Stuck in third
Teams that have the poorest rate of conversion on third down.
Rate Team Made-Att
29.2 Rams 42-144
29.9 Lions 40-134
30.3 Cardinals 36-119
31.2 Dolphins 39-125
31.7 Seahawks 44-139
31.9 49ers 43-135
32.6 Broncos 42-129
32.7 Jaguars 49-150
It has taken 10 games, but the Detroit Lions have apparently solved what had been one of the few weaknesses of their offense.
For much of this season, the Lions couldnít beg, borrow or steal a conversion on third down. Through mid-November, the teamís conversion rate was the worst in the league.
In fact, until the Lionsí most recent victory, a 49-35 passing clinic over the Carolina Panthers, the teamís third-down conversion rate was poorer than the one posted by the Detroit club that didnít win a game in 2008.
Through nine games, Detroit had converted an unimpressive 34 of 123 third downs (27.64 percent). The Rams at 28.68 percent were the only other team below 30 percent.
Through nine games, the Lions, Rams and Cardinals were the only teams to not have converted at least half of their third downs in any game. Of those three, the Lionsí 34 successes were the fewest.
As the Packers have done with their leaky defense, the Lions have won in spite of their third-down struggles. Their first six victories came amid a conversion rate just slightly better than one in three.
Take, for instance, the season opener. Detroit converted only two of 11 third downs, but defeated the Buccaneers 27-20.
Both successes came on drives that produced points. Further, Stafford followed up one failure by passing 36 yards to Calvin Johnson for a touchdown on fourth down.
The Lions then took advantage of an illegal contact penalty to overcome their first third down of the second half. The team parlayed that into another score and a 14-point lead.
Detroit went 0-for-4 after that, but held on.
Another example of how the Lions have won despite this handicap came in late October when they cruised past Denver 45-10. In the first half, the team built a 24-3 lead in going 4-for-7 on third down. In the second half, the Lions did not make a single third-down conversion, but they did turn a pair of turnovers into touchdowns and won going away.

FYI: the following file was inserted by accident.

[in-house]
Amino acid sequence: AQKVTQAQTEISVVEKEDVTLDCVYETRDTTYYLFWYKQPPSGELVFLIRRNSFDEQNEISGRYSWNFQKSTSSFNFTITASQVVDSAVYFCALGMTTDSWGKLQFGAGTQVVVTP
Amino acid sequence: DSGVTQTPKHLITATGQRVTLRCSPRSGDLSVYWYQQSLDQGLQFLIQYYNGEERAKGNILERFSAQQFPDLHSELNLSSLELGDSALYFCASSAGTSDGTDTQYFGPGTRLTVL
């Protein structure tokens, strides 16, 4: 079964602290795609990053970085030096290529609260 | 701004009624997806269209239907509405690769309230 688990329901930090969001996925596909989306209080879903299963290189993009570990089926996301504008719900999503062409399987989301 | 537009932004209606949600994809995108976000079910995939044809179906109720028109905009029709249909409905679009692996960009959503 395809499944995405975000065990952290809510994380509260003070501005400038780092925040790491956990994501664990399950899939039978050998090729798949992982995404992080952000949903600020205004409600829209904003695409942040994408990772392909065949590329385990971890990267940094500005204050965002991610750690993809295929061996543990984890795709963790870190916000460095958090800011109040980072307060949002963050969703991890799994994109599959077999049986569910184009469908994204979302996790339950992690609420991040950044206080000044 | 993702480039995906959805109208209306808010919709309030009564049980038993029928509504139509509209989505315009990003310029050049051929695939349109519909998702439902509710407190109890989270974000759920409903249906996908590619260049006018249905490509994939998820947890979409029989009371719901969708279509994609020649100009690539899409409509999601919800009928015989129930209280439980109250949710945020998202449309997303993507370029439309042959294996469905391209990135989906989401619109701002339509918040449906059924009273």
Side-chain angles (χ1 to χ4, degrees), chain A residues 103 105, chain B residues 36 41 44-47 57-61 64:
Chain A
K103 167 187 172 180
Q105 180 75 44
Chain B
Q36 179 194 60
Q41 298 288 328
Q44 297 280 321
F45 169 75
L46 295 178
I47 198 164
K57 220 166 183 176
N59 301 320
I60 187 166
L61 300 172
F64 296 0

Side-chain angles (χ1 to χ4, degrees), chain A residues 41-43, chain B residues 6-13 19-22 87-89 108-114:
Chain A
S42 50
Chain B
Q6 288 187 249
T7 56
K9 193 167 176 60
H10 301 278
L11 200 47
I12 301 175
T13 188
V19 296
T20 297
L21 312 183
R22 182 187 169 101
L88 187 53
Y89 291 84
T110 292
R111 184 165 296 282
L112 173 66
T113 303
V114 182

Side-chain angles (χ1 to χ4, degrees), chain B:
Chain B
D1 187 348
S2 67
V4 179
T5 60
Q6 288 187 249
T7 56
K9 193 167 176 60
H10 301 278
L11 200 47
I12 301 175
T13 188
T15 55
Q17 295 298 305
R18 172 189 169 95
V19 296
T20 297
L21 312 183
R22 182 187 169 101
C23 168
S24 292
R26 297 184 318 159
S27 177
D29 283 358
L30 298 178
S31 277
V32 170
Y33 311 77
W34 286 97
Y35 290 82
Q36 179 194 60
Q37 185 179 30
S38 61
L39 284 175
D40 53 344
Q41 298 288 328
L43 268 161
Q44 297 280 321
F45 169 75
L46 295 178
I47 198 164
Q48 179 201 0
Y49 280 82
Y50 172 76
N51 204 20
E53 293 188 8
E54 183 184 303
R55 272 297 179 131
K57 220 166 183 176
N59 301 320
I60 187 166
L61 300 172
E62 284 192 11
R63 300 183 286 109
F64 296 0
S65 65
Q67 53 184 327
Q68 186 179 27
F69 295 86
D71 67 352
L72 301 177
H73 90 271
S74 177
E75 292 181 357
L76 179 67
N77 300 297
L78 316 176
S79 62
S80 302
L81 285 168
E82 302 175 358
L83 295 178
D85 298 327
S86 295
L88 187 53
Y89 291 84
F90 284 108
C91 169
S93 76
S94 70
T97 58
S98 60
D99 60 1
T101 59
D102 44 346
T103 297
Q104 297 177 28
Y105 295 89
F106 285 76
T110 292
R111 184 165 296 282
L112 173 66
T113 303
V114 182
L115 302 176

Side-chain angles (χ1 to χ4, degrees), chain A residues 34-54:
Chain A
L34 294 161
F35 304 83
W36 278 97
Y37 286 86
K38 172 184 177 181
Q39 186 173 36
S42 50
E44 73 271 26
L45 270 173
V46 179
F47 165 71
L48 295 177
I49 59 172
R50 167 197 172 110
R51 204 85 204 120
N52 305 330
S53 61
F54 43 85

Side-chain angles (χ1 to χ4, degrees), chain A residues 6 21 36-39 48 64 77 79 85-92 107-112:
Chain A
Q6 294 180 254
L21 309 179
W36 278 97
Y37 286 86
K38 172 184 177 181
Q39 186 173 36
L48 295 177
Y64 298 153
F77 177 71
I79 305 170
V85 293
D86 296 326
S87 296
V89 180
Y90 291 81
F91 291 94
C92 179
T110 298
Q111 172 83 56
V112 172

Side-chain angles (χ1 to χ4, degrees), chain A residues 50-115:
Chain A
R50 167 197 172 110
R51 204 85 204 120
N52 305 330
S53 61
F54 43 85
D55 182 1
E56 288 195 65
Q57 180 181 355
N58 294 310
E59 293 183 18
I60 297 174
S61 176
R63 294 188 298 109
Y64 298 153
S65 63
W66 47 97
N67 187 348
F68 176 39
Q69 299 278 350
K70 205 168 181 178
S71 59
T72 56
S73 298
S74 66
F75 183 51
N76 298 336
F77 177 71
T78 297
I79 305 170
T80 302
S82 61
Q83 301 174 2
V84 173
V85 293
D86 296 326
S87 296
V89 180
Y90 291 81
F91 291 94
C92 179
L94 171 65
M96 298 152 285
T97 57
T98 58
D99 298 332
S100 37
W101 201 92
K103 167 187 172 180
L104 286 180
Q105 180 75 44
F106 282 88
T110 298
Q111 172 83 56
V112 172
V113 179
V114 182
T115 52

Sometimes, though, Detroitís lapses have been too much to overcome. The clubís worst outings came in a 25-19 loss to the 49ers (2-15; 13.33 percent) and a 23-16 setback to the Falcons (1-12; 8.33 percent).
One thingís for certain: the Lions like to pass on third down. Quarterback Matthew Stafford and his backup, Shaun Hill, dropped back to pass on 112 of the teamís first 123 third downs (91.1 percent).
Problem was Stafford was one of the poorer quarterbacks on third down. Of the 31 qualifiers, Stafford ranked 28th through nine games.
Five of the eight interceptions he threw came on third down. Eight of the 18 sacks the team surrendered occurred on that down.
The 11 times Detroit turned to its running game it came up with just 27 yards. But the team did go 4 of 11 (36.36 percent) on those occasions.
But all this negativity is old news. Stafford and the Lions broke through the 50 percent ceiling against Carolina.
It didnít start off well as Stafford was intercepted the first time he threw on third down. But Detroitís final tally was a respectable 6 of 11 including a impressive finish in which it converted 5 of its last 6.
The strong finish helped the team come back from 17 down. Success began in the second quarter when passes to receiver Nate Burleson and tight end Tony Scheffler kept alive a drive that culminated with Stafford throwing to rookie receiver Titus Young to pull within 24-14.
The rally continued in the second half when the Lions scored touchdowns on three of the four third downs it faced. Stafford hooked up with Scheffler for a 17-yard TD pass, he hit tight end Brandon Pettigrew on a 7-yard scoring toss and Kevin Smith rumbled in from 19 yards out. The last score capped Detroitís comeback with two minutes to play.
With its work Sunday, the Lions (40-134; 29.85 percent) moved out of last place in regard to third-down conversion rates. The Rams (42-144; 29.17) filled their old spot.
The neighborhood of 30 percent is what the Packers under coach Mike McCarthy have allowed the Lions to do. In the last 10 games in the rivalry, Detroit has made good on 41 of 141 (29.08 percent).
Keeping the Lions within that range on Thursday, however, guarantees nothing. The Lions have proven they can win with limited success on third down, just as they did last year when they converted a mere three of 15 third downs in squeezing past Green Bay 7-3.
Overall: Green Bay leads 89-65-7
At Ford Field: Packers lead 6-3
Packers: Aaron Rodgers (37-20 overall; 5-1 vs. Detroit)
Lions: Matthew Stafford (10-13; 1-0 vs. Green Bay)
Once a Lion, now a Packer
There are no former Lions on the Packersí roster.
Once a Packer, now a Lion
Defensive tackle Corey Williams (2004-07) is a former Packer.
Eric Goska is a Press-Gazette correspondent, a Packers historian and the author of "Green Bay Packers: A Measure of Greatness," a statistical history of the Packers. Email him at email@example.com.